Blog | Pacific Rim Quilt Company Blog

Applique Blog

Hawaiian Quilting, 2 Fabric Applique, Lessons and so much more!


Facebook Live, Quilt Candy Virtual Trunk Show

I am part of a group of Quilt Pattern Designers and Tamarinis put together an event where 6 or so designers would share their Quilts on Facebook Live everyday from April 1st through the 10th. I know that by the time you receive this newsletter the videos will no longer be live but you can still check them all out. You can go here on my blog and you can find all the links to the various designers. Each of these Videos is 15 minutes long so grab a cup of coffee and your computer and enjoy!

Here is mine! Thank you for checking it out. Please remember this was my first time.

I am going to begin doing more Facebook Live posts and the next one will be different quilts and I am going to talk about ways to quilt them. If you are not on Facebook I will be saving the videos and posting them on my YouTube Channel. If you would like to subscribe to my channel you will receive an email when I add new videos.


Fabric Face masks

I have been reading many articles, pros and cons about fabric masks and saw the article below and decided it had a great explanation of the need and use of them. I am going to call my local doctor's office and see if they are in need and even thinking about calling Butch's veterinarian, consider contacting your healthcare providers and see if they may have a use for them. This is something we can all do, and we were made to do. It seems at this point that it will depend on where you are but please consider this. The following announcement was shared on social media and I thought this explained the potential need.

SPRINGFIELD, Ore. – Due to the national shortage of personal protective equipment (PPE) used by healthcare workers and in an effort to conserve masks for healthcare workers caring for isolation patients locally, a group of McKenzie-Willamette Medical Center employees are sewing masks that can be used by healthcare workers in non-isolation situations.

CDC guidelines, found on their website, state if all other supplies are exhausted and in a state of emergency, homemade masks that meet certain criteria are acceptable.

"Historically, fabric masks were the standard in hospitals prior to the modern disposable mask," the hospital said.
All fabric masks will be sterilized and used repeatedly by staff caring for non-isolation patients, until the national shortage of PPE is over.
"If the public is interested in donating handmade masks McKenzie-Willamette Medical Center will gladly accept the masks that are made of 100% non-stretch cotton or cotton/poly blend," the hospital said. "Many variations of mask patterns can be found on the internet."
Masks that are donated will be sterilized and distributed to healthcare providers caring for non-isolation patients.
A yellow donation barrel for the masks is located at the main entrance of McKenzie-Willamette Medical Center.
There are many tutorials out there. Just google Fabric face mask and make the style that will work for your health care providers.

Stay Safe!


Notions for Travel

Hawaiian Block Quilt PatternsTravel projects
It is that time of year when we begin to think about our travels. While traveling to Mexico City I wanted to have a project to work on in the airports and during stay. Needleturn applique projects are perfect for this and the Hawaiian Block Patterns are nice small pieces that can be prepared ahead of time. READ MORE >

Expo Patchwork 2020 in Mexico City

When Mark and I were looking into going to Mexico City to visit our son, imagine how happy we were to see there was a quilt show that we could attend. This was the Expo Patchwork 2020. While attending the 12th Expo Patchwork and Quilt show in Mexico City, we were introduced to the show organizers, Eduardo Cato and his family.They made us feel welcomed and introduced us to some of the local quilters.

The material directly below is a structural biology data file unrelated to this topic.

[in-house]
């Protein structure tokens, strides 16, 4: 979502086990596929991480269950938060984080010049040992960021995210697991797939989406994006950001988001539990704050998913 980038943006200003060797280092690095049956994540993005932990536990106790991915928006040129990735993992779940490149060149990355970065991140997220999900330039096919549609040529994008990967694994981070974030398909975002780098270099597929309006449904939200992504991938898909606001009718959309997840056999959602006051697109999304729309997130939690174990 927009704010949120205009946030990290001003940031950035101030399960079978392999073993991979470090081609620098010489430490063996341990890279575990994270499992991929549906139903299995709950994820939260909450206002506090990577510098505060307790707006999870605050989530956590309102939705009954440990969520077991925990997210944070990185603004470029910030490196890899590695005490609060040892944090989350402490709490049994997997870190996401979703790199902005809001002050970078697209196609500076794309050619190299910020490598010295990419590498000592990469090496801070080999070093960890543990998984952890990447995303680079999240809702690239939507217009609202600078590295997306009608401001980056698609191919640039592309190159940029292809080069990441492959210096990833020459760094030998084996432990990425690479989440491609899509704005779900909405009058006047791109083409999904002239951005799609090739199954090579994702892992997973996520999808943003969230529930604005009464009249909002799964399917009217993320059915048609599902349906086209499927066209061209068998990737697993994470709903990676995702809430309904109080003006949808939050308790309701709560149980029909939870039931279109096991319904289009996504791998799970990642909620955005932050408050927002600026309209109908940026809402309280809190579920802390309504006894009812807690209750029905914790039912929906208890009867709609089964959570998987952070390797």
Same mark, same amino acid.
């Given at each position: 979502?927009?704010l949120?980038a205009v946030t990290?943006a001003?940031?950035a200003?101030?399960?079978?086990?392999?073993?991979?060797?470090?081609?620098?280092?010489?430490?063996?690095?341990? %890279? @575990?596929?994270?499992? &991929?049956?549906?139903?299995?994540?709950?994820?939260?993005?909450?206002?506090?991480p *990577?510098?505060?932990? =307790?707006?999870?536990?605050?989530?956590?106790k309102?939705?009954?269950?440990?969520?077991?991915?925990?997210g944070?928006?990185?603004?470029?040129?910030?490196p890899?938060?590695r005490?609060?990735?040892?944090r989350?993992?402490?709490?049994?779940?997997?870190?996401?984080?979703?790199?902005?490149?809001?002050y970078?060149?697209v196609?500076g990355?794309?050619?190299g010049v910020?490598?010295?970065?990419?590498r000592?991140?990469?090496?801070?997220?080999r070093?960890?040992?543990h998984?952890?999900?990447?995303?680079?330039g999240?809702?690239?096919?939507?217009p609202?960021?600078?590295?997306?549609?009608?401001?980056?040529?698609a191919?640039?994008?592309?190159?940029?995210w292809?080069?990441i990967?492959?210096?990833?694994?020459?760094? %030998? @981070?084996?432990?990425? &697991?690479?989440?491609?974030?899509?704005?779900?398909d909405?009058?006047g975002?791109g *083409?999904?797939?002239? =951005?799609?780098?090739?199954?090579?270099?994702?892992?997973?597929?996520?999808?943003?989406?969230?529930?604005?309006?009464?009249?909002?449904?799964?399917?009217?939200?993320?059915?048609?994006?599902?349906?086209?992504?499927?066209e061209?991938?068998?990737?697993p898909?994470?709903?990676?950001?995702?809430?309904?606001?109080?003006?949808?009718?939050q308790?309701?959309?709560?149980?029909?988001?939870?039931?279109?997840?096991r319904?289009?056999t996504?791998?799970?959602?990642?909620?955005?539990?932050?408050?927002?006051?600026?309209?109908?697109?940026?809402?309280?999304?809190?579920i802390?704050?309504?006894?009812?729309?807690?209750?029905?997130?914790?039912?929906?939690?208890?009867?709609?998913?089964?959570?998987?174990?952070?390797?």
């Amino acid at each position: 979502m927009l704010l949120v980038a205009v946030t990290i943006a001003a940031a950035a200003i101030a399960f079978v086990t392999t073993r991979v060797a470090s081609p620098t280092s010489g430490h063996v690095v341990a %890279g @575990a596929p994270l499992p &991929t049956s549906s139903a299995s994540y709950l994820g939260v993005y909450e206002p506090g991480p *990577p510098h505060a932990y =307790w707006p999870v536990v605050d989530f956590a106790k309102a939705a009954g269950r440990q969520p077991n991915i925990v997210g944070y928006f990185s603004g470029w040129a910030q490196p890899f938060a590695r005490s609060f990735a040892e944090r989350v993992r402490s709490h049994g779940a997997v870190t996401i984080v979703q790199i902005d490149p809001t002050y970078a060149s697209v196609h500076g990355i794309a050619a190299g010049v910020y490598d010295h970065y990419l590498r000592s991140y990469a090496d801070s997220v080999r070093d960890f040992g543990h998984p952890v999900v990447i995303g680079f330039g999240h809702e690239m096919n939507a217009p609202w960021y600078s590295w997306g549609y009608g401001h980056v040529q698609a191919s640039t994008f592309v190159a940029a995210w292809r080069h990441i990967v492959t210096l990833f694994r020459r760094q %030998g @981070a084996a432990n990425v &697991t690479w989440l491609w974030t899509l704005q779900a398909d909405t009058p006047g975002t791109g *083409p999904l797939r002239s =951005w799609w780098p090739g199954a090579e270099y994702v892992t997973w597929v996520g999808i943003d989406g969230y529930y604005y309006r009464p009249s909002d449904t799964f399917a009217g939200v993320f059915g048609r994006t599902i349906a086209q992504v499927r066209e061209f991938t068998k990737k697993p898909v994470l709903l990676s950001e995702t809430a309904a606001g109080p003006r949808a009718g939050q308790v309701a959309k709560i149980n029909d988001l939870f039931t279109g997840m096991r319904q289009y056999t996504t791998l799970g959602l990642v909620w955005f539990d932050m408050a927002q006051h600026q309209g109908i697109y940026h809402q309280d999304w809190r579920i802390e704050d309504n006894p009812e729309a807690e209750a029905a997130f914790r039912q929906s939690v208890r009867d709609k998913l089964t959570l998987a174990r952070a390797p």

Mark's Musing

Food and Friends, Part 2

I mentioned in an earlier article, one of the side benefits of traveling to quilt show: local cuisine. Another benefit is connecting with friends.

When we attended Pacific International in Santa Clara, CA, an old-time friend drove over from Fresno to attend the show. We met Heather and her family shortly after we moved to Hermiston, OR in 1987. She had a daughter and a son the same age as our children. Heather babysat when Connie worked and the kids attended pre-school and grade school together, until Heather moved away. We met at Disneyland a few years later, but the kids had not seen each other since.

Keeping you informed

Unauthorized use of our quilt images

Last month I shared the following quick note with you:

Earlier this month one of Nancy's students and an additional customer asked us if we had given our permission to a company that produces rugs and bedding to use our Herd of Turtles design. We were shocked to find out that this company APPEARS to be selling products with our Herd of Turtles, Halloween and Dragonflies in Flight designs on the products. This company, AZCOZY has not been given the rights to use any of our designs! We hold the copyrights.


New Favorite Laundry Item

Have you ever made a quilt and used scrap fabrics that you are not sure of their history and decided not to wash them before you began cutting out your quilt? I am sure we all have.


Taking care of your hands

Needleturn for hand health

As you know I am a needleturn girl and love the process of stitching by hand but I have found that when I do this for many hours and days at a time my hands tell me they have had enough. I am sure this is something many of you have experienced. Add to that a touch of Arthritis and you have the perfect storm. READ MORE >

Otavalo Ecuador

Textiles and More


While in Ecuador we took a little trip to Otavalo. Otavalo is known for it's textiles and their Saturday Market. We spent some time wandering and took it all in. I have created a slide show of some of the sights. We were there for the Saturday Market which is the biggest day of the week. It was a bit overwhelming there was so much, however we went back on Sunday and it was so much smaller but there were no food vendors. It was fun to be able to see the spices and fruits and vegetables out on display. I think the thing that got me was how these hard working people set up and take down each day. I just can not imagine doing a quilt show where I had to pack it all in, set up, sell all day, pack up and haul it out... Every single day!